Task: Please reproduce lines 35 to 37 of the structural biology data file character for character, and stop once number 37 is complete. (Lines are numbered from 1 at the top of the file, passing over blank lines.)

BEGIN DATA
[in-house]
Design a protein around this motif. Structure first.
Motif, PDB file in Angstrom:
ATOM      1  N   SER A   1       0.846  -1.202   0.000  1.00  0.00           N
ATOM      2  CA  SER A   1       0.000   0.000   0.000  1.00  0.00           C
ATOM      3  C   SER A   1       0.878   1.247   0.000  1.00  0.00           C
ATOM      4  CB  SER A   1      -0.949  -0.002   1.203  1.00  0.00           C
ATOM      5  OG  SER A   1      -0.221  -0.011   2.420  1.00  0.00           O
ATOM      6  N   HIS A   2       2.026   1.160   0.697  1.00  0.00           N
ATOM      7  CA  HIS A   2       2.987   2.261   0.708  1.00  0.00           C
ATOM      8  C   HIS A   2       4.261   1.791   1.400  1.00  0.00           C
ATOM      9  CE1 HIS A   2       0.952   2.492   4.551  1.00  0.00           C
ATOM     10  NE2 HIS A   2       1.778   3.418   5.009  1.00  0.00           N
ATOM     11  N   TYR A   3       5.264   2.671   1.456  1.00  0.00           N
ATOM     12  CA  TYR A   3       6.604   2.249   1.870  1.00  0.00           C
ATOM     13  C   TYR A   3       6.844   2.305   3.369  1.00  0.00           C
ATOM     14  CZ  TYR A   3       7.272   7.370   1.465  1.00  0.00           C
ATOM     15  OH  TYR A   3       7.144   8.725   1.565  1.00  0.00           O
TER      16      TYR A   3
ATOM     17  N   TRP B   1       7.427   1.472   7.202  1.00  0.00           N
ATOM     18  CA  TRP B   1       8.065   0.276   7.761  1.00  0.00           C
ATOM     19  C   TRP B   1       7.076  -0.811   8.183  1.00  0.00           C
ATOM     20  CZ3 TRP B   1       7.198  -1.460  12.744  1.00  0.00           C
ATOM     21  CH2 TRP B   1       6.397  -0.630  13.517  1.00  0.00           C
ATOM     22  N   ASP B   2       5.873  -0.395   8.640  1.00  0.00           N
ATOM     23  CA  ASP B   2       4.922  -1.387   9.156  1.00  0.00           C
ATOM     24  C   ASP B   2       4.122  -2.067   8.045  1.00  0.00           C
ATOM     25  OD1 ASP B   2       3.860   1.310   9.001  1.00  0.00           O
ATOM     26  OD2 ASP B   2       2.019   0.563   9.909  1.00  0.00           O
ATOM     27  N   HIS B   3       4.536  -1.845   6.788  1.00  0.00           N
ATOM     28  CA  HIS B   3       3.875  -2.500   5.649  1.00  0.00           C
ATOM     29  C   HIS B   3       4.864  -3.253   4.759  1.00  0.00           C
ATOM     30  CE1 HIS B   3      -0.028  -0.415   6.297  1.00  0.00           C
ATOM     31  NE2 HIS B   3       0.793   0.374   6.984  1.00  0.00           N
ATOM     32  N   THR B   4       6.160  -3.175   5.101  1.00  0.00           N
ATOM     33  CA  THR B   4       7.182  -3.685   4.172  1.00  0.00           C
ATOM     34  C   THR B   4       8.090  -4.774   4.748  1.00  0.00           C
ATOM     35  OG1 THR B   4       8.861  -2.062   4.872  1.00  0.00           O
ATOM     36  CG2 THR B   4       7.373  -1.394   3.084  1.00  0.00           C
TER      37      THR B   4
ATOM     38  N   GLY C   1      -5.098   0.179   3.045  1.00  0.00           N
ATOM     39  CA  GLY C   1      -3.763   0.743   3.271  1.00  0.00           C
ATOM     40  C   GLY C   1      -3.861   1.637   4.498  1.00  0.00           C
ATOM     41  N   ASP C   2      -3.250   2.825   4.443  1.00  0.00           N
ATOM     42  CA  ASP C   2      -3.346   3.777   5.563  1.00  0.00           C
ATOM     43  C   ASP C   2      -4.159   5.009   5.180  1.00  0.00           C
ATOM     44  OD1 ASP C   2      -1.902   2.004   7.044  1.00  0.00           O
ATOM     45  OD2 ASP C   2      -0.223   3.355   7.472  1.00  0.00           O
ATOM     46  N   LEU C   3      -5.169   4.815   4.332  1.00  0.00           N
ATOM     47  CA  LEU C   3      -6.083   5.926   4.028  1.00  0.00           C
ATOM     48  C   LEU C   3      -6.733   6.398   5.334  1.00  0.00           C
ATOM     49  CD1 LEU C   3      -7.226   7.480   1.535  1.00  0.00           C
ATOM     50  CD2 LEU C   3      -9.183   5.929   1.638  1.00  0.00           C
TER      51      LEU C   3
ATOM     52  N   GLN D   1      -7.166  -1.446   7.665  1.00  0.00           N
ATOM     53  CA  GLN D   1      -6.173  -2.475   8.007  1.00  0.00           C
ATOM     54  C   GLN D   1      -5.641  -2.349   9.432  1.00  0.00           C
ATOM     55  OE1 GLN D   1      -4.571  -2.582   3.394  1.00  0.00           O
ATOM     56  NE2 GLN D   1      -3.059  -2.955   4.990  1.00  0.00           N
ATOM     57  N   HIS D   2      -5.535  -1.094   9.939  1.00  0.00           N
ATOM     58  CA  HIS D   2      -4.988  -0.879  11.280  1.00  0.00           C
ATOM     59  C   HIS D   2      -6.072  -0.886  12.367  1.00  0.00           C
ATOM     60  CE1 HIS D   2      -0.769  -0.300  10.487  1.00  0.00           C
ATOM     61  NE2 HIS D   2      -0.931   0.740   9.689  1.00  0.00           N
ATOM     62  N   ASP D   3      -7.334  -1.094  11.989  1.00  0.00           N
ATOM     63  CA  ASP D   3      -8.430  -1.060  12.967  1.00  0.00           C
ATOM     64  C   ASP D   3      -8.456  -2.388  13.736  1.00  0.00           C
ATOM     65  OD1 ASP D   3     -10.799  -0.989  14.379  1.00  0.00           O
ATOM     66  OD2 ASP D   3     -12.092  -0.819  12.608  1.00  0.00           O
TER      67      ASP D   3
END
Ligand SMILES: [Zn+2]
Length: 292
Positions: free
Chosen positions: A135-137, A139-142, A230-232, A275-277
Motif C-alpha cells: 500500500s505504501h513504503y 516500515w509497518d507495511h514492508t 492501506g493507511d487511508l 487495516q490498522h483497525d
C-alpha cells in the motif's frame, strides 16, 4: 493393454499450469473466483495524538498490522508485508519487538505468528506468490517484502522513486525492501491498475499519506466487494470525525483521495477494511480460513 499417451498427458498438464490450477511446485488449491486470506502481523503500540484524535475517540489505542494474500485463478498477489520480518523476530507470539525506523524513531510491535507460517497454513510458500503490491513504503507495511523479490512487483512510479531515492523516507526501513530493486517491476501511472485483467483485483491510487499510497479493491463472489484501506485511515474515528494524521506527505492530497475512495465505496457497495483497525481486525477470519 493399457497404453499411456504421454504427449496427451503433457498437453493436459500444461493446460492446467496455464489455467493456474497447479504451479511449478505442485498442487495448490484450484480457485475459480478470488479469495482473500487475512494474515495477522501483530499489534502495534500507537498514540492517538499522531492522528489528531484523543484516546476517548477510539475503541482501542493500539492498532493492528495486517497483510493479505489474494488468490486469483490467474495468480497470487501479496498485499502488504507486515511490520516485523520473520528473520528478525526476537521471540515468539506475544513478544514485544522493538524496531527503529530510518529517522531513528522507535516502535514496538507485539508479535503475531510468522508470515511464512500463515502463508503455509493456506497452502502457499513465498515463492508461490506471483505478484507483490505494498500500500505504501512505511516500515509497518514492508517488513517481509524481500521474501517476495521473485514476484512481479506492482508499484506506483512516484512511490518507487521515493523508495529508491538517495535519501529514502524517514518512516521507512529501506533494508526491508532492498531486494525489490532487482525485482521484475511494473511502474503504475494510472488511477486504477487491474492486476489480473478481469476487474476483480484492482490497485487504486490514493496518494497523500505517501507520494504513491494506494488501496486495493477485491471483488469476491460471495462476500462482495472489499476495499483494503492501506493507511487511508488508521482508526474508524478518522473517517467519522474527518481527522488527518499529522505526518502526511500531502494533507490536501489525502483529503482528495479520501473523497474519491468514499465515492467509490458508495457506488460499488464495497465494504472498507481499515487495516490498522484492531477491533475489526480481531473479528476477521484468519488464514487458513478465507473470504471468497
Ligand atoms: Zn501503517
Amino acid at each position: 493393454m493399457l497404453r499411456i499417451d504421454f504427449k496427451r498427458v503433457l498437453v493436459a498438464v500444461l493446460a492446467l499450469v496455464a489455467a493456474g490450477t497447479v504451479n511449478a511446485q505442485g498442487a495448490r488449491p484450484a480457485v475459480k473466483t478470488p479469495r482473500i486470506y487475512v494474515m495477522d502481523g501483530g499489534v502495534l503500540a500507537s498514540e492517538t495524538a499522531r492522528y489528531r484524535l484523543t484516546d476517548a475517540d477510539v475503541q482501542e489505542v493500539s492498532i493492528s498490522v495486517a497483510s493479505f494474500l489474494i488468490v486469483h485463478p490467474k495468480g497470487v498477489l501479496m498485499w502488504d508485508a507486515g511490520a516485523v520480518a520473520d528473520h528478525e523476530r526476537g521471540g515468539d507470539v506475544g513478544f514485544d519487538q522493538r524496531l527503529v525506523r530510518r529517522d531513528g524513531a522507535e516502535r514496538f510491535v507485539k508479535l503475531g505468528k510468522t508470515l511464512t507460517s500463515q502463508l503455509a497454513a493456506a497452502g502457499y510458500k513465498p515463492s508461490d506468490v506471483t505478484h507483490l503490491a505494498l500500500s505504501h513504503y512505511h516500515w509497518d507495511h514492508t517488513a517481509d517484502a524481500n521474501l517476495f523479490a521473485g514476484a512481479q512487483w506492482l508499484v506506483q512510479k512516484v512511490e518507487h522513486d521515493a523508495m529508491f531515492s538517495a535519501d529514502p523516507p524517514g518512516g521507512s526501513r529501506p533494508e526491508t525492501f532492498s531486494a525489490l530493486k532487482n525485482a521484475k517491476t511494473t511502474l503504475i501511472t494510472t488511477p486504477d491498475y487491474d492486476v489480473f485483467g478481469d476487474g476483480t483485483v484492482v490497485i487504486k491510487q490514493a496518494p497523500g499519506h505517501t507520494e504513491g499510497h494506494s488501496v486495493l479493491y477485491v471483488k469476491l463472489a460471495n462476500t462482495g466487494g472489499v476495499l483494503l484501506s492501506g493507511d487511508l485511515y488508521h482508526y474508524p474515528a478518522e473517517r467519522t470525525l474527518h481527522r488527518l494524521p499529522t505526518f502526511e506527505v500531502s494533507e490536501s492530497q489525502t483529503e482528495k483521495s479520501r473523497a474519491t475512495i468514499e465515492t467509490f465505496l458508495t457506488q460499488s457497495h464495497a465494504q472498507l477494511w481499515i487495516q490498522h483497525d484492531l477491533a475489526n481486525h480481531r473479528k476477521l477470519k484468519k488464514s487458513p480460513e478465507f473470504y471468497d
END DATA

ATOM     32  N   THR B   4       6.160  -3.175   5.101  1.00  0.00           N
ATOM     33  CA  THR B   4       7.182  -3.685   4.172  1.00  0.00           C
ATOM     34  C   THR B   4       8.090  -4.774   4.748  1.00  0.00           C